–The Last Will and Testament of Tom B. Taker, Chapter 1, Section A, Article 1
As most of you know, I have been busy most of the last few decades planning my wake. A wise man in a Stephen King movie once said, “Get busy living or get busy dying” and I took to that advice to heart like a leading a guru to tequila and telling him not to drink.
Of course this planning primarily took the form of picking out songs that participants (guests? attendees? celebrants? wakers? invitees? z-list celebs?) would, at least once, get to enjoy my eclectic taste in music.
I thought it was a pretty good plan. Besides, nothing pleases me more than the thought of people coming together to remember my life and having to listen to some random songs while they are left to ponder, “What the hell is this crap supposed to convey to us about Tom?” Ha ha ha! Suffer!
Then, this week, in the name of research, I attended the memorial service for a gentleman I knew and I thought to myself, “See? This is what happens when you fail to plan and allow your loved ones to pick the music on your behalf.”
Actually, I didn’t really know the man that well. He was the father of one friend and the husband of another. After attending the service I have to say I regret not knowing him better. He was a great guy, the kind who would give away the shirt off his back, always with a warm smile at the ready, and the sort who could cheer people up even when the chips were down.
I also knew him from the liquor store where he seemed friendly enough as he handed me bottle after bottle for several years before he got sick. See? We just went full circle. From tequila to the liquor store and back again. That’s what this guru calls the circle of life.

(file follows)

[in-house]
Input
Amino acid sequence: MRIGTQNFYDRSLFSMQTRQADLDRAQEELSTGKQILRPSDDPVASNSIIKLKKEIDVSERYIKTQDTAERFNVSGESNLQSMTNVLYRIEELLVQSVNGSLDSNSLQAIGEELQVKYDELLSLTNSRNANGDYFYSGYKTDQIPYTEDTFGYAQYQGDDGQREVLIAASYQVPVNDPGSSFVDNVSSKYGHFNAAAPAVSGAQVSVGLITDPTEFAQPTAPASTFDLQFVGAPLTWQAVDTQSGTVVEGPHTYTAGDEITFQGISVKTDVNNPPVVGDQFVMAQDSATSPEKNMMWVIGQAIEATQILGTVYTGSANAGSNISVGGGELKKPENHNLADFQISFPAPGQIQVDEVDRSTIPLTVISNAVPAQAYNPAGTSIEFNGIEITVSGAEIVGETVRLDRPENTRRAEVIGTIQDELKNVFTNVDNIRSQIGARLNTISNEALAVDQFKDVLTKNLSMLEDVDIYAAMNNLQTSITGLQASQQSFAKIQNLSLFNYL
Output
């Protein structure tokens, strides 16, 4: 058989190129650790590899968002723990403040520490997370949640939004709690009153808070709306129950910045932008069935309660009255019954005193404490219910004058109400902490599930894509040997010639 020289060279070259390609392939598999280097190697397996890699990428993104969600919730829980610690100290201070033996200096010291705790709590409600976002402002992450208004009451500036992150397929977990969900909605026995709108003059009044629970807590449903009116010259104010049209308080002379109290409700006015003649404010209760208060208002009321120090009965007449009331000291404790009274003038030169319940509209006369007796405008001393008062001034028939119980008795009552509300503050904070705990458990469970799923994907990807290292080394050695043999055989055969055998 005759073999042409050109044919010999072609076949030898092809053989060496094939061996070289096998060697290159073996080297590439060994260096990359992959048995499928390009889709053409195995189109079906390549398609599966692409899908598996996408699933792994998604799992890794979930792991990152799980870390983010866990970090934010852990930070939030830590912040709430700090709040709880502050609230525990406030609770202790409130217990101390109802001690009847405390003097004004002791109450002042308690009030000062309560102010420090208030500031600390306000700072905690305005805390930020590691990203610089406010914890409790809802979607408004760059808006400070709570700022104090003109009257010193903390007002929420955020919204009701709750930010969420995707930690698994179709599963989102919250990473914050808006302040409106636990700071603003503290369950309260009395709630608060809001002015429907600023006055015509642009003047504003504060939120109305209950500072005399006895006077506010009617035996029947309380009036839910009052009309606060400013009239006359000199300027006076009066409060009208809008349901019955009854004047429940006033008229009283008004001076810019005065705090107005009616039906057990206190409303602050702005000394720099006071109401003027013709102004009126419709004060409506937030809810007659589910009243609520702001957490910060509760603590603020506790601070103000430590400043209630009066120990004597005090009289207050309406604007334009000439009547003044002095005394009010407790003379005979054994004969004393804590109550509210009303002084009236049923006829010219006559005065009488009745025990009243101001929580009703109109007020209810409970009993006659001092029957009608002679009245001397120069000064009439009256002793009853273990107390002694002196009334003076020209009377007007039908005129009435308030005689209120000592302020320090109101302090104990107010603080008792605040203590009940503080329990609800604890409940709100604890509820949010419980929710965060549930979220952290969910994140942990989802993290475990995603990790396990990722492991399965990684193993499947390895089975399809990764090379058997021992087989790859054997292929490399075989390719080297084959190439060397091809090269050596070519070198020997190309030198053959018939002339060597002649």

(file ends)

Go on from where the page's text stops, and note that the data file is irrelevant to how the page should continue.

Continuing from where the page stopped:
This post will document the set list that was used to send this soul on its way back home.
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Once upon a time there was a little movie called Back To The Future 2 – This Time It’s That Time. Ol’ Doc Brown lands his DeLorean out front, picks up Marty McFly, then takes him on a ride to the future because Marty’s as-yet unborn son is in some kind of trouble.
Doc’s plan is for Marty to imitate his progeny long enough to resolve the trouble. Brilliant. What could possibly go wrong?
The whole plot of BTTF 2 is predicated on a cutesy throw-a-way line at the end of BTTF 1 when Doc and Marty have this conversation:
Doc: Marty, you gotta come back with me!
Doc: Back to the future.
Marty: Wait a minute, Doc. What are you talking about? What happens to us in the future? What, do we become assholes or something?
Doc: No, no, no, no, no, Marty, both you and Jennifer turn out fine. It’s your kids, Marty, something has got to be done about your kids!
I call this type of phenomenon Star Wars Syndrome. It’s what happens when your movie is so successful that a sequel becomes mandatory but something you thought was a cute detail at the time actually paints you into a corner and now you’re committed because the fans will only tolerate so much hinky nonsense with the storytelling. (Unless you’re J.J. Abrams, of course, then you simply don’t give a shit. You just stuff it in your Mystery Box.)
Because of this, when they made the BTTF sequel, they had to have the storyline be about a trip to the future – no matter what. And then, because of disturbances to the timeline, Marty’s father and girlfriend both end up looking like completely different actors.
I know! That’s heavy.
My point is this: In the future Doc Brown tells Marty to pull his pants pockets inside-out, because that’s what the kids think looks cool and if he doesn’t, he’ll stick out like a sore thumb.